let him hear what the Spirit says to the churches
See commentary on Revelation 2:7.
See Who is the Overcomer?
The manna is set in direct contrast to the things sacrificed to idols. The church was eating earthly pagan food, but the overcomer is promised heavenly food from above.
When Israel was in the wilderness, God supernaturally provided manna for their food. Manna was something like white coriander seed and tasted like wafers made of honey (Ex. Ex. 16:31; Num. Num. 11:7). The manna was provided for a period of forty years (Ex. Ex. 16:35) until Israel crossed the Jordan (Jos. Jos. 5:12). Manna provided life in a barren wilderness and is even called angels food (Ps. Ps. 78:23-25).
In an intentional comparison between Himself and the feeding of Israel in the wilderness, Jesus fed the multitude (John John 6:1-14). Afterwards, Jesus taught the significance of the event, which was not found in the miracle itself, but in what it signified:
Our fathers ate the manna in the desert; as it is written, He gave them bread from heaven to eat. Then Jesus said to them, Most assuredly, I say to you, Moses did not give you the bread from heaven, but My Father gives you the true bread from heaven. For the bread of God is He who comes down from heaven and gives life to the world. Then they said to Him, Lord, give us this bread always. And Jesus said to them, I am the bread of life. He who comes to Me shall never hunger, and he who believes in Me shall never thirst. (John John 6:31-35)Jesus is the true manna which gives eternal life. The manna in the wilderness sustained the Israelites for a time, but they still died in the wilderness:
I am the bread of life. Your fathers ate the manna in the wilderness, and are dead. This is the bread which comes down from heaven, that one may eat of it and not die. I am the living bread which came down from heaven. If anyone eats of this bread, he will live forever; and the bread that I shall give is My flesh, which I shall give for the life of the world. (John John 6:48-51)The overcomer has faith in Christ and is a partaker of His flesh given on our behalf. Thus he has eternal life:
As the living Father sent Me, and I live because of the Father, so he who feeds on Me will live because of Me. This is the bread which came down from heavennot as your fathers ate the manna, and are dead. He who eats this bread will live forever. (John John 6:57-58)This manna is said to be hidden. Ex. 16:32-34; cf. Heb. Heb. 9:4). This manna, as being thus laid up in the Holy Place, obtained the name of hidden. 1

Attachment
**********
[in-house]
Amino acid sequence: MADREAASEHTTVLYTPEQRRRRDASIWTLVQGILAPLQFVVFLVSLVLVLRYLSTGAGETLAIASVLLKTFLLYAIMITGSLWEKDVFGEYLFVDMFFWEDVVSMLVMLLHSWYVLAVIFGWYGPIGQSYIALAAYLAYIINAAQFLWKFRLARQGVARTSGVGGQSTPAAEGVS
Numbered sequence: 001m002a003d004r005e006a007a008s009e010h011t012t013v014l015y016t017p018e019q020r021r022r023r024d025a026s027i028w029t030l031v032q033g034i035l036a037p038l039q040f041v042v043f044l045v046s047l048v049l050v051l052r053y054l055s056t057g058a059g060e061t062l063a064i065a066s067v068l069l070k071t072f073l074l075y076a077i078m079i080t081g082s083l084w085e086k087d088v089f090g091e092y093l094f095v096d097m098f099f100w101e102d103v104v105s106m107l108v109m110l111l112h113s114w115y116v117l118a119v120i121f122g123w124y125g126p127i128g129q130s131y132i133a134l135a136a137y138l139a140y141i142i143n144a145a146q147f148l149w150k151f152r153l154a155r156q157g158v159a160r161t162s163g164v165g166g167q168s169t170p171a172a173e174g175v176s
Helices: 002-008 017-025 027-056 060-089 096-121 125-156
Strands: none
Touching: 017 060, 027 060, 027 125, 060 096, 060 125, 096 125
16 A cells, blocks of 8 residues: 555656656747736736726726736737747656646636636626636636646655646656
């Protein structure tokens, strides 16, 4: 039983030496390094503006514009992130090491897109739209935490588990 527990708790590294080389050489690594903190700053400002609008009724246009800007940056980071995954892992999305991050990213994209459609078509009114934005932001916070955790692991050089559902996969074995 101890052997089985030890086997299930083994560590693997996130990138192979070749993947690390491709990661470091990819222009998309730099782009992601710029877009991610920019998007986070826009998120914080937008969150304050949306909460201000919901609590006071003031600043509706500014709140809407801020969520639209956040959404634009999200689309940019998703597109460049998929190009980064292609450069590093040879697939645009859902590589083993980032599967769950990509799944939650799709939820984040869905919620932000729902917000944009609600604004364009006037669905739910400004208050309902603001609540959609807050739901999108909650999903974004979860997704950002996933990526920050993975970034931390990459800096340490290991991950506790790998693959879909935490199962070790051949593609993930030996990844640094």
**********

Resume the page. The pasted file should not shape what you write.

The allusion is ultimately traceable to Ex. Ex. 16:32-34, where the Lord commanded a sample of manna to be preserved as a memorial for future generations. Tradition was quick to explain its subsequent disappearance. It was taken to have been originally kept in the ark of the covenant (cf. Heb. Heb. 9:4), and on the destruction of Solomons temple Jeremiah, according to 2 Macc. Heb. 2:4-7, was warned to take the tabernacle, the ark and its contents to Sinai and there hide them underground. There they would remain until the coming of the Messiah, when Jeremiah would reappear and deposit them in the new Messianic temple in Jerusalem. A variant in 2 Baruch 6:7-10, ascribing their concealment to an angel, is almost contemporary with the Revelation. neither of these passages mentions manna, but its inclusion in this tradition is inferred from Heb. Heb. 9:4 and explicit in the Rabbinic sources (so Yoma 52b).2Christ Himself may be considered hidden manna, being no longer visible since His ascension:
Life eternal commences on this side of the grave, and not first on the other; and here in the wilderness Christ is the bread from heaven, the bread of God, the true manna, of which those that eat shall never die (John John 6:31-33, John 6:48-51). Nay, more than this; since his Ascension he is in some sort a hidden manna for them now.3
The fact that the manna is described as hidden, points to the mystery of eternal life, a mystery that is only perceived through faith. The hidden (or secret) manna seems to be the bread of life which is a secret from all who have not experienced the saving grace of Jesus Christ.4Eating the manna may also be an allusion to participation in the marriage supper of the Lamb (Rev. Rev. 19:9+).5 Bullinger sees a literal fulfillment in the nourishment of Israel in the future wilderness (Rev. Rev. 12:14+).6
From the perspective of the saints at Pergamum, the hidden manna was a reminder of Gods provision in spite of deprivation. The person leaving the state church might be deprived of his job and welfare. But in spite of what he may be deprived of, God will provide his sustenance.7
In understanding the white stone, we meet with a tendency of many interpreters to derive an understanding of scriptural imagery from pagan cultural practices.8 See Searching for Meaning in all the Wrong Places.
A number of alternative interpretations have been offered for the meaning of the white stone.